Just one more week’s preparation and the British and Irish Lions would have won this series.
The 15-15 draw with New Zealand in Saturday’s final Test at Eden Park left both teams flummoxed, and spectators confused and underwhelmed.
The series ended one win apiece - and in the event there was to be no separating the Lions and the back-to-back world champions.
That such a tense, fraught and hugely exciting three-match Test series could end without a winner was a huge frustration.
The administrators must be held to account for not building in the potential for extra time in the final Test, were the scores and the series in deadlock at full-time.
Extra time has worked well in club competition, and there is no reason why it would not have suited here. Surely both sets of players and coaches would have wanted to end a hectic six weeks with one team victorious.
That the Lions pushed the All Blacks right to the wire will always stand hugely in their credit, though.
Just one more week between the Aviva Premiership and PRO12 play-off finals and the Lions jetting halfway round the world, and Warren Gatland would have turned the class of 2017 into history boys.
Rugby’s money men and the power brokers care more about end-of-season club play-offs than the Lions traditions, however. And so the famed tourists leave New Zealand with an honourable drawn series but the ludicrous scenario remains that the Lions’ very future is still on the line.
There is still no agreement on the touring schedule for the next 12 years, as rugby’s global calendar negotiations for beyond 2019 continue to be thrashed out.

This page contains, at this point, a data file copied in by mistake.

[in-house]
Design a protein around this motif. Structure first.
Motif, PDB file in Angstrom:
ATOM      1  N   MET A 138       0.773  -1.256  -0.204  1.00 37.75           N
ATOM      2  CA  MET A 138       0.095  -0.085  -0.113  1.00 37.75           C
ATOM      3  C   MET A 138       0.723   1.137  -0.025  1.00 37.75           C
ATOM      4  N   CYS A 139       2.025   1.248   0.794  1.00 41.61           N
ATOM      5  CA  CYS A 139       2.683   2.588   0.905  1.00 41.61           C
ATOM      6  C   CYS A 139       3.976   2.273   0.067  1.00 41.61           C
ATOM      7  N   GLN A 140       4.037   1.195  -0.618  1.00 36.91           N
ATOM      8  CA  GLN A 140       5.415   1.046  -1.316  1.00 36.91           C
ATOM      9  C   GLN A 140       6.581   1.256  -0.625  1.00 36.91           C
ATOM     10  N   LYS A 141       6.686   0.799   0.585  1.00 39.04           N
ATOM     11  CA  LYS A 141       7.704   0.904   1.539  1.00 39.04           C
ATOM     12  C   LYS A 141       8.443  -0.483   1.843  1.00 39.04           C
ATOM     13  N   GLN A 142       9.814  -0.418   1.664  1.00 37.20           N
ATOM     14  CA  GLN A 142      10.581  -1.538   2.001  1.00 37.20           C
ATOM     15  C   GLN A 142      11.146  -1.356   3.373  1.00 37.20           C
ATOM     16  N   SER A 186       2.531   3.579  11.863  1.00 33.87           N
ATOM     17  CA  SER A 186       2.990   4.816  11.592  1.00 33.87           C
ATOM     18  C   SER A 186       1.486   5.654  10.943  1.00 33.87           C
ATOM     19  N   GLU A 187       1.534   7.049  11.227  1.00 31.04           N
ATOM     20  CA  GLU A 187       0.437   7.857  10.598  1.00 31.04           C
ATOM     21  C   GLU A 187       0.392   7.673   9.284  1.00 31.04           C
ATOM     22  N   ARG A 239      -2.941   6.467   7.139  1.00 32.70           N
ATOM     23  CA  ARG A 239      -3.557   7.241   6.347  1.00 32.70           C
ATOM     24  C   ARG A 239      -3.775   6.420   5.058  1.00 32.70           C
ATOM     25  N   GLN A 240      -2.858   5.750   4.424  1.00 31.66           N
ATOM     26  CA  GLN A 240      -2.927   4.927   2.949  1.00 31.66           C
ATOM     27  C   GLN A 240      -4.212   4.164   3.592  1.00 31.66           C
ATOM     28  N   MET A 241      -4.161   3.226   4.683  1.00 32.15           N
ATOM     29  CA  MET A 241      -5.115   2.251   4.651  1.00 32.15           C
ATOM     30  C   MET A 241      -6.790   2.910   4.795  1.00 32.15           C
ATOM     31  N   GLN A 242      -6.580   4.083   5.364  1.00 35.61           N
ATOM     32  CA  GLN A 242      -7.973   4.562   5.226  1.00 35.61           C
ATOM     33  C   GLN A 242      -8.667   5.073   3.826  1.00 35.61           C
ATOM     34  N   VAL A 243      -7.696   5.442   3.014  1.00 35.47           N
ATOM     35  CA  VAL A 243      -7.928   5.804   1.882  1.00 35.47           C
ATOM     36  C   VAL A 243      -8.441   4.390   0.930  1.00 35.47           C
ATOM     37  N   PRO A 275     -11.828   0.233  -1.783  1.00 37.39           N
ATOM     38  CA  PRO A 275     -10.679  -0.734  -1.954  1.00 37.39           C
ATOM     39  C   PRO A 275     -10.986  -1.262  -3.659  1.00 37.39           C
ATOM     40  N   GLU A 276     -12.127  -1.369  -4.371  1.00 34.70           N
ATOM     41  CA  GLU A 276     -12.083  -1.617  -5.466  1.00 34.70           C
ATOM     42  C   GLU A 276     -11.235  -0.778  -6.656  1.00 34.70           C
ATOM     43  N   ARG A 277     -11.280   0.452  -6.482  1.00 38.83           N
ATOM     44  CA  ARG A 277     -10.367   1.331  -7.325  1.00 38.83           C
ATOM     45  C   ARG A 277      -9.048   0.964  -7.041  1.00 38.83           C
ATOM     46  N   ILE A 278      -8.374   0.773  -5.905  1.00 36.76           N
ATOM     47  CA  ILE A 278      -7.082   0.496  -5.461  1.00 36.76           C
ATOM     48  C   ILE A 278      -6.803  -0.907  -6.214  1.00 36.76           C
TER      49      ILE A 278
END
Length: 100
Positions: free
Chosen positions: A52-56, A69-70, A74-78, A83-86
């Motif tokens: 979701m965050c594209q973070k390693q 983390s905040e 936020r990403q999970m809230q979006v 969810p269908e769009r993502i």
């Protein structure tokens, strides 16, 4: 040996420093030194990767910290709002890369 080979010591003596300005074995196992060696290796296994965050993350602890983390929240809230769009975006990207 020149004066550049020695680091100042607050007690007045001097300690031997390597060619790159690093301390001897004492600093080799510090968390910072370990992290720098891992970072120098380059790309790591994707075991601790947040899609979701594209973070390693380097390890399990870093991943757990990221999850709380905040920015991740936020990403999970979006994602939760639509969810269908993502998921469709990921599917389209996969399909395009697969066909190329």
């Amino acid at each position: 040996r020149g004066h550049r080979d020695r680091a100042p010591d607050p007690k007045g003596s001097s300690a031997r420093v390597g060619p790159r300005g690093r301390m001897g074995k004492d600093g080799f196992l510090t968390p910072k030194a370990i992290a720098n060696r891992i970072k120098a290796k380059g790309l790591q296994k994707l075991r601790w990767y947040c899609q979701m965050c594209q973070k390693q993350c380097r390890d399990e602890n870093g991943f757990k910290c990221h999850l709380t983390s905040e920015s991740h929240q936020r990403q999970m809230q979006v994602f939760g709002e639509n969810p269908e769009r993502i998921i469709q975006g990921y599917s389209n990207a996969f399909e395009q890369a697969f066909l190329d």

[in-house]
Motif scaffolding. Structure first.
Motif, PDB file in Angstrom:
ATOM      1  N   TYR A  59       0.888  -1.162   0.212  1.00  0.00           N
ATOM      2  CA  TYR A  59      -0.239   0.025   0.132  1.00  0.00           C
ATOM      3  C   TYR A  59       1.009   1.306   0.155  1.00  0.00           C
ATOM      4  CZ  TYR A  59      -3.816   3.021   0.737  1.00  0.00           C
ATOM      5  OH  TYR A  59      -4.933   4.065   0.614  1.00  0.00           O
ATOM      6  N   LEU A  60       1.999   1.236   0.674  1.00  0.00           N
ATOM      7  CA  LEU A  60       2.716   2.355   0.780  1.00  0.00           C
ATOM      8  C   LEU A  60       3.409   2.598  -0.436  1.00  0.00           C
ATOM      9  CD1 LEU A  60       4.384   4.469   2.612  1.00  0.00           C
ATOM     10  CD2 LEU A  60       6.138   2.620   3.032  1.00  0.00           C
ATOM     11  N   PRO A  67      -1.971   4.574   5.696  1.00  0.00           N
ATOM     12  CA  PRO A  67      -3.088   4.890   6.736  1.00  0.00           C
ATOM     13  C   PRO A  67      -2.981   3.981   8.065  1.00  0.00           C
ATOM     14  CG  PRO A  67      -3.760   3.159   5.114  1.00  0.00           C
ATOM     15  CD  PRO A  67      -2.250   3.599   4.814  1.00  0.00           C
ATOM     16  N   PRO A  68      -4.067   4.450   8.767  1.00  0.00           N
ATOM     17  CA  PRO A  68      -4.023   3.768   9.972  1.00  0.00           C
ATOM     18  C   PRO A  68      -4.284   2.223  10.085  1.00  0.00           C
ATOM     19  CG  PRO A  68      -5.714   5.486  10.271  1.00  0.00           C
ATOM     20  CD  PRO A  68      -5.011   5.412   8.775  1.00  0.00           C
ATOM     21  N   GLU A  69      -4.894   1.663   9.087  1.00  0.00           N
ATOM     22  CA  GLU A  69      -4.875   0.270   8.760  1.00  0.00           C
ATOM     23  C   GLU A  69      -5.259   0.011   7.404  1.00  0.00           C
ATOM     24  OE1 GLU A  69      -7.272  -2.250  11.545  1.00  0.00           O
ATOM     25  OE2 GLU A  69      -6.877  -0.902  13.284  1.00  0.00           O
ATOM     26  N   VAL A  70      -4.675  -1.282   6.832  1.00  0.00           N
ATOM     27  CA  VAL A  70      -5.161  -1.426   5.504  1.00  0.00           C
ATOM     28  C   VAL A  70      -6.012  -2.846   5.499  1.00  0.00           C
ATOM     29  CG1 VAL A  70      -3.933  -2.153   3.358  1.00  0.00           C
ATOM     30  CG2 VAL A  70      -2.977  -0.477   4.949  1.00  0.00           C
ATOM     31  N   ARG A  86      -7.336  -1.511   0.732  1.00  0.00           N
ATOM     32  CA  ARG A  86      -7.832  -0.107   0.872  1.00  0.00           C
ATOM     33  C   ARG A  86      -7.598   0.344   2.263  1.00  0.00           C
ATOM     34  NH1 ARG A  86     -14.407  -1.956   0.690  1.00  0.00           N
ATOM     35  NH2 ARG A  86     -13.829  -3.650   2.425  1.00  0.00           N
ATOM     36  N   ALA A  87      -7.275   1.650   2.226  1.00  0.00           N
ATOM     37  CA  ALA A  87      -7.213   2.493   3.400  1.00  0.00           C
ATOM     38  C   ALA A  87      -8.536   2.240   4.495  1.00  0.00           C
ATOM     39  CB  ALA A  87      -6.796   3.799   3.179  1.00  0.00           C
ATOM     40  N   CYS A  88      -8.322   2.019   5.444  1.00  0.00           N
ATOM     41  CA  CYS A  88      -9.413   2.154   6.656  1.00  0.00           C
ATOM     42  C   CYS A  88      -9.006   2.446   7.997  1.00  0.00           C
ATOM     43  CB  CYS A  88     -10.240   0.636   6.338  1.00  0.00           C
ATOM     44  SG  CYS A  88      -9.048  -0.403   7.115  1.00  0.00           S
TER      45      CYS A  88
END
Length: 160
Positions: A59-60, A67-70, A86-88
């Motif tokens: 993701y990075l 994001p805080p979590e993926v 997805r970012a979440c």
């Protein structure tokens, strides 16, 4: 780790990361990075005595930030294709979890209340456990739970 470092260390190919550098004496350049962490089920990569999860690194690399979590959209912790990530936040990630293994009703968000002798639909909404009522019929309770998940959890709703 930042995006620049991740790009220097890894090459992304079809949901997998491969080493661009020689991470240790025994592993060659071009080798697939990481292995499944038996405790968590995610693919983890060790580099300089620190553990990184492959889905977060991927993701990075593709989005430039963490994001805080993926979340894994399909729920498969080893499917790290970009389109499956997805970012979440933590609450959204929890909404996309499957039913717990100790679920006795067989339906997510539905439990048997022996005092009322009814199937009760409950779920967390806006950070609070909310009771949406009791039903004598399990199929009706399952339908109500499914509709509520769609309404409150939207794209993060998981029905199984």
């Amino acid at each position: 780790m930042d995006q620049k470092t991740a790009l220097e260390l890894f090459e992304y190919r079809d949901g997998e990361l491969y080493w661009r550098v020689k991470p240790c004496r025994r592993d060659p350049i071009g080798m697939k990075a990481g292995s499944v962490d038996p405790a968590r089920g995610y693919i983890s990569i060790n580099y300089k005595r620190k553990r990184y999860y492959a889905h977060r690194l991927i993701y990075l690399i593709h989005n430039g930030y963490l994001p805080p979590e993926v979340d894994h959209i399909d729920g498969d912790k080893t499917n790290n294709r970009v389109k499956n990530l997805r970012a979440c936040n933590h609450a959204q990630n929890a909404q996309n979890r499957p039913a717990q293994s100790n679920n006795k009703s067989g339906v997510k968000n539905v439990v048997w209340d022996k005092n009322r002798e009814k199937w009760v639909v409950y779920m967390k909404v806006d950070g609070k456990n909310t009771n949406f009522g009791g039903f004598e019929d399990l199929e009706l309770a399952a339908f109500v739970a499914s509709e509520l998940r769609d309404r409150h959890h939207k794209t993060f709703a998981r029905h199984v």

The clubs, the national unions and governing body World Rugby all have agendas that back the Lions into an unenviable corner.
Just two days after the British and Irish club play-off finals, the Lions hit the skies for New Zealand. Three days after arriving, head coach Gatland’s men played their first game.
And yet from the jet-lagged rabble that squeaked past the Provincial Barbarians 13-7, the Lions steadily built into a roaring unit.
Their 24-21 second Test victory and third Test 15-15 draw stand out as huge achievements. And yet the Lions will still leave New Zealand with a sour taste in the mouths - because they will feel they could so easily have stolen just a second-ever series win in the Land of the Long White Cloud.
This tour - against greater odds than any previous Lions endeavour - is proof positive that 41 strangers can still become a Test match unit in six weeks.
Try telling the 20,000 travelling fans who cannot stop chanting Maro Itoje’s name that the Lions’ future remains under threat.
The club bodies cling to their pay-day play-off finals, while World Rugby prioritises a streamlined global calendar above all else.
That leaves the Lions stuck in the middle. The world’s administrators simply must find a consensus to let this blessed organisation thrive.
TWEET OF THE MATCH
“Truly brilliant game, massive well done to Gatland & all involved, game was special & nobody deserved 2 lose but huge courage from Lions.” - Former Lions coach Clive Woodward.
MOMENT OF THE MATCH
Owen Farrell’s nerveless penalty three minutes from time snatched the Lions a stunning and against-all-odds draw. The England star kept his cool to ensure the tourists claimed a share of the spoils.
STAR MAN - JONATHAN DAVIES
Another sumptuous performance from the Wales centre. His two bullish hits on full-back Jordie Barrett summed up his mixture of industry and ingenuity.
AN UNFAMILIAR FEELING
Captains Sam Warburton and Kieran Read had to collect the Lions series trophy jointly, such was the oddity of the drawn series. And both skippers clearly felt awkward on accepting the trophy together.